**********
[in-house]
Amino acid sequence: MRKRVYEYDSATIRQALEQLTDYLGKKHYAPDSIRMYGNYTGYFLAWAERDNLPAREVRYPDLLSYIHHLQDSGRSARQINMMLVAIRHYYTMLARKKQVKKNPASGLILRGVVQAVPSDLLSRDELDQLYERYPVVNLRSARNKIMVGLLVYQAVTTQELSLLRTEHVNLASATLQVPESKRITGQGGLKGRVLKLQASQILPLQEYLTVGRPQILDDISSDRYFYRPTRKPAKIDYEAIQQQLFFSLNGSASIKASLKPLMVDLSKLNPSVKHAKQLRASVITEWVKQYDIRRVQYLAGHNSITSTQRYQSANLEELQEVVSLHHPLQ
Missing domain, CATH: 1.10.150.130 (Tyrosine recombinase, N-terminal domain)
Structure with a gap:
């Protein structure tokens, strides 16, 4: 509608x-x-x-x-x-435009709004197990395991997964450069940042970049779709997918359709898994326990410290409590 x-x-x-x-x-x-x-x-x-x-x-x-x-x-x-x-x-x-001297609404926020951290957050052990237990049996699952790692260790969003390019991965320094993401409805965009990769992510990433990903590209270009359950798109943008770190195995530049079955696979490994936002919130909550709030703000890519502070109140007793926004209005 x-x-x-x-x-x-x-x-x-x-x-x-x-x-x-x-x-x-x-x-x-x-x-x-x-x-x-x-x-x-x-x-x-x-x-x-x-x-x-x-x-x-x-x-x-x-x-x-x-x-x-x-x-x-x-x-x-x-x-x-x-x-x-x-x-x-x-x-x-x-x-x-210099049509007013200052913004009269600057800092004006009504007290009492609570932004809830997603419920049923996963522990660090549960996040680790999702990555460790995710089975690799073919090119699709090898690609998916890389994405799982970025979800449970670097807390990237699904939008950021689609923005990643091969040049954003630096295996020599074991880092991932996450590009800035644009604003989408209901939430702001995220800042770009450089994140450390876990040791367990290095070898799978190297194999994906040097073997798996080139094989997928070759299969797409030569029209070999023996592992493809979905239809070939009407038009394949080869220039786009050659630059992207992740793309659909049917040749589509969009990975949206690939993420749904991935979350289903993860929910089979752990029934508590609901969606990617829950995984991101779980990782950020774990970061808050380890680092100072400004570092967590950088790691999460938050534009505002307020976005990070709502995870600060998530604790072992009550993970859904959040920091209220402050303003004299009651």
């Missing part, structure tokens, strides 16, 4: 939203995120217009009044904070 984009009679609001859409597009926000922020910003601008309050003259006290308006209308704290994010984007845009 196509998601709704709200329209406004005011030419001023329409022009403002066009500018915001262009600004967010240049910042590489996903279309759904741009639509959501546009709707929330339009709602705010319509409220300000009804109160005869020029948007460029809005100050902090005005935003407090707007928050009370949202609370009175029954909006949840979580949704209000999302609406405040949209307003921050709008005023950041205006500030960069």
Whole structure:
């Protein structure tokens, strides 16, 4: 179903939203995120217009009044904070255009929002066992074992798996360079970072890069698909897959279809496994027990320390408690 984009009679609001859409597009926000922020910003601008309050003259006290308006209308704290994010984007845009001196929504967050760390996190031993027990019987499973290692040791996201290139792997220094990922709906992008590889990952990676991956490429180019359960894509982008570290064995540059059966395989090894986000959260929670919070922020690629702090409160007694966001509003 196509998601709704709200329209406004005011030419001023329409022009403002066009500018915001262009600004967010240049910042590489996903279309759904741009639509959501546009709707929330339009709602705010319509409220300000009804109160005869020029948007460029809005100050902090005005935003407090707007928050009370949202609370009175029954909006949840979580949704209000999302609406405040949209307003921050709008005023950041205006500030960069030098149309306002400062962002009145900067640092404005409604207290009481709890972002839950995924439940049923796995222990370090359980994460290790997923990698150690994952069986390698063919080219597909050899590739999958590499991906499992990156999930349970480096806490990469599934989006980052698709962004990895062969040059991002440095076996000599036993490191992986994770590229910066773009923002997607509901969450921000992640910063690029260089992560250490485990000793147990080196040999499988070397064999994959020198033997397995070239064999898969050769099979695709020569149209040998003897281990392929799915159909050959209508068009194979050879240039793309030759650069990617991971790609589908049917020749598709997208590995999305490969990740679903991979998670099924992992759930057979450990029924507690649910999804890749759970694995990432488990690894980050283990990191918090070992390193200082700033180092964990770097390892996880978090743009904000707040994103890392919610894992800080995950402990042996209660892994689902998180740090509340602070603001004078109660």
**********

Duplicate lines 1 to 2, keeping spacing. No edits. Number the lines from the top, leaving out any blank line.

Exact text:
[in-house]
Amino acid sequence: MRKRVYEYDSATIRQALEQLTDYLGKKHYAPDSIRMYGNYTGYFLAWAERDNLPAREVRYPDLLSYIHHLQDSGRSARQINMMLVAIRHYYTMLARKKQVKKNPASGLILRGVVQAVPSDLLSRDELDQLYERYPVVNLRSARNKIMVGLLVYQAVTTQELSLLRTEHVNLASATLQVPESKRITGQGGLKGRVLKLQASQILPLQEYLTVGRPQILDDISSDRYFYRPTRKPAKIDYEAIQQQLFFSLNGSASIKASLKPLMVDLSKLNPSVKHAKQLRASVITEWVKQYDIRRVQYLAGHNSITSTQRYQSANLEELQEVVSLHHPLQ